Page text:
33.4 – Hana – “land of the low-lying sky”. Isolation ensures that Hana is mostly unchanged. Once you get to the Y intersection (where the police station is located), first take the lower road to Hana Bay. Snack Bar, pier, and Kauiki Hill – a site of many battles. Turn left after leaving the bay. The town of Hana has one hotel (the Hana Maui Hotel), several churches and two stores.
The road between Keanae and Hana was built of stone in 1927, and was paved in 1962. The Hana Highway has 56 bridges, and over 600 curves!
Unless you simply must see Oheo Gulch, I would recommend turning back after seeing Hana.
51.7 – Koki Beach and Hamoa Beach – Alau Island is just offshore, and is a very picturesque “tropical island”, as well as being a bird sanctuary. Hamoa Beach is one of the most beautiful in Hawaii. Double back, then turn left back onto the main road. NOTE – Mile markers start counting downward beyond this point. The road becomes even narrower now – less than one lane wide! Be prepared to pull off to allow oncoming traffic get past you, and proceed very slowly.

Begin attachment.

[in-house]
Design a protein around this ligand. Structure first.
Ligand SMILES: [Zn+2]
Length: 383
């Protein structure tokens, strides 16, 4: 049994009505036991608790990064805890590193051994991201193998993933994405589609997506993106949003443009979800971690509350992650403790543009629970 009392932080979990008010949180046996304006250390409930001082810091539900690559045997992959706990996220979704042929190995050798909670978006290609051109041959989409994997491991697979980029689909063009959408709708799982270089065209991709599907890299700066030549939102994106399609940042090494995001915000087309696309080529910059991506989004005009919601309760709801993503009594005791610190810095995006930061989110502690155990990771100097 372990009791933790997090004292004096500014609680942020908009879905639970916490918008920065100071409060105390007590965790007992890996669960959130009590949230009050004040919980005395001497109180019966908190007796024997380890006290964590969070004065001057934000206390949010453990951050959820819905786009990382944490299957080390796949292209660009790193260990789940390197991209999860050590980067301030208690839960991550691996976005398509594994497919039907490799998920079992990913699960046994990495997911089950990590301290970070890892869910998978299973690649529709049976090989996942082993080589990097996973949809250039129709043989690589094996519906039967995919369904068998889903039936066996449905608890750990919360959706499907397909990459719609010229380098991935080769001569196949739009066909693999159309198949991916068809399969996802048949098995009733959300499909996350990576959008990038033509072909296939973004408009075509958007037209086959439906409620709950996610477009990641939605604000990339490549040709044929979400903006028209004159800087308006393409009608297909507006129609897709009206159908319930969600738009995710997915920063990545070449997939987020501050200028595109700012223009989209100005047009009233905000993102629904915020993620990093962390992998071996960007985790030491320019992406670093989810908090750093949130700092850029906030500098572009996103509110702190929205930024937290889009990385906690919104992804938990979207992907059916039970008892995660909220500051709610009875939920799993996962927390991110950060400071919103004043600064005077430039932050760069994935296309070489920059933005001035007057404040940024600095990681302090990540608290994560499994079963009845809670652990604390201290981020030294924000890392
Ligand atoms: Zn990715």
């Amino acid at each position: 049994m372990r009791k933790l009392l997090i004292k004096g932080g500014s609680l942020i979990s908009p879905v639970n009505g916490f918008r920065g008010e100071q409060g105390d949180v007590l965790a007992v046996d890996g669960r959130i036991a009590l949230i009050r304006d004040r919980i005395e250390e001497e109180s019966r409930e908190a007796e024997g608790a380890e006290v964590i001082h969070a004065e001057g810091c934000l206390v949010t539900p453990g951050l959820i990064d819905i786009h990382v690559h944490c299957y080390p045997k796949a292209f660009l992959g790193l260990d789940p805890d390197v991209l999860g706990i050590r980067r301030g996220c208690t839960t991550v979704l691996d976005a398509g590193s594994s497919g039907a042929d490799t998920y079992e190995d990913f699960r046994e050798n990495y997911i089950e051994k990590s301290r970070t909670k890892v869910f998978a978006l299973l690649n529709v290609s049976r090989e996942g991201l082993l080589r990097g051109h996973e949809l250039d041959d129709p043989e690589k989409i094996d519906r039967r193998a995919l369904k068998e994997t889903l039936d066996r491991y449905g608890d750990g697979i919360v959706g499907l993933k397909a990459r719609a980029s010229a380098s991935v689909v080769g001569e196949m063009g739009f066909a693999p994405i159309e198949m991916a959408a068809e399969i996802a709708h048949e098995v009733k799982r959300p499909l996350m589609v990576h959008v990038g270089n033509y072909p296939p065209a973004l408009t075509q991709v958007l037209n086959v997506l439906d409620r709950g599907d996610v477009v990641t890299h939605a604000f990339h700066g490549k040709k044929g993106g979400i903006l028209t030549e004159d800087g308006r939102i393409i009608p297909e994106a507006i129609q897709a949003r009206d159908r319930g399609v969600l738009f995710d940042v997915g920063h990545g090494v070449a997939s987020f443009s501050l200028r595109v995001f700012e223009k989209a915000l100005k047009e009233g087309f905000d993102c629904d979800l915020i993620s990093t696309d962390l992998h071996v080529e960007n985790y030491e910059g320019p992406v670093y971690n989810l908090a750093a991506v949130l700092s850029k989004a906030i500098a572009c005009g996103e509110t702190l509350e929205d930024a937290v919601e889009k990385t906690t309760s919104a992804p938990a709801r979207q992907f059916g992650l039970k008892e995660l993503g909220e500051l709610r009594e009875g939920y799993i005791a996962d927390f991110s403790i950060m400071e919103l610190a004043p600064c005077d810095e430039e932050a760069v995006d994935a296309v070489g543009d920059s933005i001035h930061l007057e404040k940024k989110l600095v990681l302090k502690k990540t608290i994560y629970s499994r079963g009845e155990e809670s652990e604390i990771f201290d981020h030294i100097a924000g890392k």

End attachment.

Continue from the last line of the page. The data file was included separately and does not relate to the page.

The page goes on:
46.8 – Wailua Falls 95 feet high.
44.0 – Oheo Gulch (Seven Pools) – although there are not seven pools here, this is the common name for this lush tropical area.
43.0 – Kipahulu – Palapala Hoomau Church (built in 1857) and Charles Lindbergh’s grave.
- If you are driving the Hana Highway to the town of Hana, you should depart by no later than 9:00am. If you plan to travel past Hana to the Oheo Gulch (Seven Pools) area, give yourself an extra hour (minimum). If you are leaving from the Lahaina/Kaanapali area, leave no later than 8:30am…earlier if you are going past Hana.
- Take food with you for a picnic lunch and snacks along the way. Take water and/or soft drinks as well. There are no food stores once you pass the town of Paia, until you get to Hana.
- Gas up your car by the time you get to Paia. There are no gas stations until you get to Hana.
- If at all possible, have two drivers available to share the driving duties. (You will have to arrange this ahead of time with your car rental agency.) There are many sights to see along the Hana Highway, and there are often no places to stop – therefore the driver will miss much of this beautiful drive. Also, driver fatigue and stress can easily set in along this road, due to the many sharp turns, narrow lane widths, poor surface, rainy weather, steep drop offs, and other road hazards.
- If you are considering going past Hana to the Oheo Gulch (Seven Pools) area, double check your car rental agreement. Some forbid travel past Hana on this road.
- Plan to encounter delays along the route. Delays are not uncommon, since the Hana Highway requires constant repairs by road crews.